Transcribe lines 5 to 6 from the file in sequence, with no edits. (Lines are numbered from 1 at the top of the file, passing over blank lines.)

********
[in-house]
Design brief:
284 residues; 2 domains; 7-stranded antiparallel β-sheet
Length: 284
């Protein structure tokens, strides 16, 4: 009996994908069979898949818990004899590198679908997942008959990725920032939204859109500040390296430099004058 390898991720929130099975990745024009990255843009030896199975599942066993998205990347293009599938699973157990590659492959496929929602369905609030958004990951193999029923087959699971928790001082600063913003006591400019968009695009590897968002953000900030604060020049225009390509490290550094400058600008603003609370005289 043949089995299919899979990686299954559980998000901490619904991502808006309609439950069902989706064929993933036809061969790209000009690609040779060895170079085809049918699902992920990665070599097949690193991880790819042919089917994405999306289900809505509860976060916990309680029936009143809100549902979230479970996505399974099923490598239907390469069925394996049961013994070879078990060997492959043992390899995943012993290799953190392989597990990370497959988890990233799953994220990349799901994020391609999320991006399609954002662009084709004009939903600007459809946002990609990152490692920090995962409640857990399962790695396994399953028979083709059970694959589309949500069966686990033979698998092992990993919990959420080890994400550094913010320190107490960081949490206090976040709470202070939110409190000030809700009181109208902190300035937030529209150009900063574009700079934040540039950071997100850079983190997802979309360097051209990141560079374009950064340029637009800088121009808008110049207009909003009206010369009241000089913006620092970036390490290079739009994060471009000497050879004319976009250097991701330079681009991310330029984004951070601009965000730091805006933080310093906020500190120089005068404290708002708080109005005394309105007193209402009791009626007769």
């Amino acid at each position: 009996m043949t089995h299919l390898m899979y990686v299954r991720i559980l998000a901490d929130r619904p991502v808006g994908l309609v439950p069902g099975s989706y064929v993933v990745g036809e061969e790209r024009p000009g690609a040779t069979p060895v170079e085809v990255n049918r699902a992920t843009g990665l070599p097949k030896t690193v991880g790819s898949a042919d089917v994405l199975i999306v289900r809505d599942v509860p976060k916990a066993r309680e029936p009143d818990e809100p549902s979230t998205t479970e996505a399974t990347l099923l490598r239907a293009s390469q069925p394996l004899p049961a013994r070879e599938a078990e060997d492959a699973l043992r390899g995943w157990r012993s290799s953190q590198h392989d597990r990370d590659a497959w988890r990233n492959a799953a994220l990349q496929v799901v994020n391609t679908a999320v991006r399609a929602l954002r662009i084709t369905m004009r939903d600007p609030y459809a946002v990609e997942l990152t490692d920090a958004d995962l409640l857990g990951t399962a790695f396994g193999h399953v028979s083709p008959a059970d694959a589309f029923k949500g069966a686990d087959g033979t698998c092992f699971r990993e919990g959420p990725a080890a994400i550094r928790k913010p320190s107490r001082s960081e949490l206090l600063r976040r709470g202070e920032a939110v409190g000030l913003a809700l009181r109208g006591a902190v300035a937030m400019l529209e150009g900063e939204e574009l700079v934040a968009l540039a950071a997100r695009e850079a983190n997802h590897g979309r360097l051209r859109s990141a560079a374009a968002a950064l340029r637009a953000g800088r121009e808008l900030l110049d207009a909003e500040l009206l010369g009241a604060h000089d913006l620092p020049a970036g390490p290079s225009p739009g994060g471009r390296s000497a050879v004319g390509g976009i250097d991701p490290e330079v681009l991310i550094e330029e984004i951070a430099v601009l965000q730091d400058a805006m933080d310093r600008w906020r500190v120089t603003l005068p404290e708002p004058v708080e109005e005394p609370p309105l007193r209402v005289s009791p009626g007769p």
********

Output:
């Protein structure tokens, strides 16, 4: 009996994908069979898949818990004899590198679908997942008959990725920032939204859109500040390296430099004058 390898991720929130099975990745024009990255843009030896199975599942066993998205990347293009599938699973157990590659492959496929929602369905609030958004990951193999029923087959699971928790001082600063913003006591400019968009695009590897968002953000900030604060020049225009390509490290550094400058600008603003609370005289 043949089995299919899979990686299954559980998000901490619904991502808006309609439950069902989706064929993933036809061969790209000009690609040779060895170079085809049918699902992920990665070599097949690193991880790819042919089917994405999306289900809505509860976060916990309680029936009143809100549902979230479970996505399974099923490598239907390469069925394996049961013994070879078990060997492959043992390899995943012993290799953190392989597990990370497959988890990233799953994220990349799901994020391609999320991006399609954002662009084709004009939903600007459809946002990609990152490692920090995962409640857990399962790695396994399953028979083709059970694959589309949500069966686990033979698998092992990993919990959420080890994400550094913010320190107490960081949490206090976040709470202070939110409190000030809700009181109208902190300035937030529209150009900063574009700079934040540039950071997100850079983190997802979309360097051209990141560079374009950064340029637009800088121009808008110049207009909003009206010369009241000089913006620092970036390490290079739009994060471009000497050879004319976009250097991701330079681009991310330029984004951070601009965000730091805006933080310093906020500190120089005068404290708002708080109005005394309105007193209402009791009626007769």
């Amino acid at each position: 009996m043949t089995h299919l390898m899979y990686v299954r991720i559980l998000a901490d929130r619904p991502v808006g994908l309609v439950p069902g099975s989706y064929v993933v990745g036809e061969e790209r024009p000009g690609a040779t069979p060895v170079e085809v990255n049918r699902a992920t843009g990665l070599p097949k030896t690193v991880g790819s898949a042919d089917v994405l199975i999306v289900r809505d599942v509860p976060k916990a066993r309680e029936p009143d818990e809100p549902s979230t998205t479970e996505a399974t990347l099923l490598r239907a293009s390469q069925p394996l004899p049961a013994r070879e599938a078990e060997d492959a699973l043992r390899g995943w157990r012993s290799s953190q590198h392989d597990r990370d590659a497959w988890r990233n492959a799953a994220l990349q496929v799901v994020n391609t679908a999320v991006r399609a929602l954002r662009i084709t369905m004009r939903d600007p609030y459809a946002v990609e997942l990152t490692d920090a958004d995962l409640l857990g990951t399962a790695f396994g193999h399953v028979s083709p008959a059970d694959a589309f029923k949500g069966a686990d087959g033979t698998c092992f699971r990993e919990g959420p990725a080890a994400i550094r928790k913010p320190s107490r001082s960081e949490l206090l600063r976040r709470g202070e920032a939110v409190g000030l913003a809700l009181r109208g006591a902190v300035a937030m400019l529209e150009g900063e939204e574009l700079v934040a968009l540039a950071a997100r695009e850079a983190n997802h590897g979309r360097l051209r859109s990141a560079a374009a968002a950064l340029r637009a953000g800088r121009e808008l900030l110049d207009a909003e500040l009206l010369g009241a604060h000089d913006l620092p020049a970036g390490p290079s225009p739009g994060g471009r390296s000497a050879v004319g390509g976009i250097d991701p490290e330079v681009l991310i550094e330029e984004i951070a430099v601009l965000q730091d400058a805006m933080d310093r600008w906020r500190v120089t603003l005068p404290e708002p004058v708080e109005e005394p609370p309105l007193r209402v005289s009791p009626g007769p």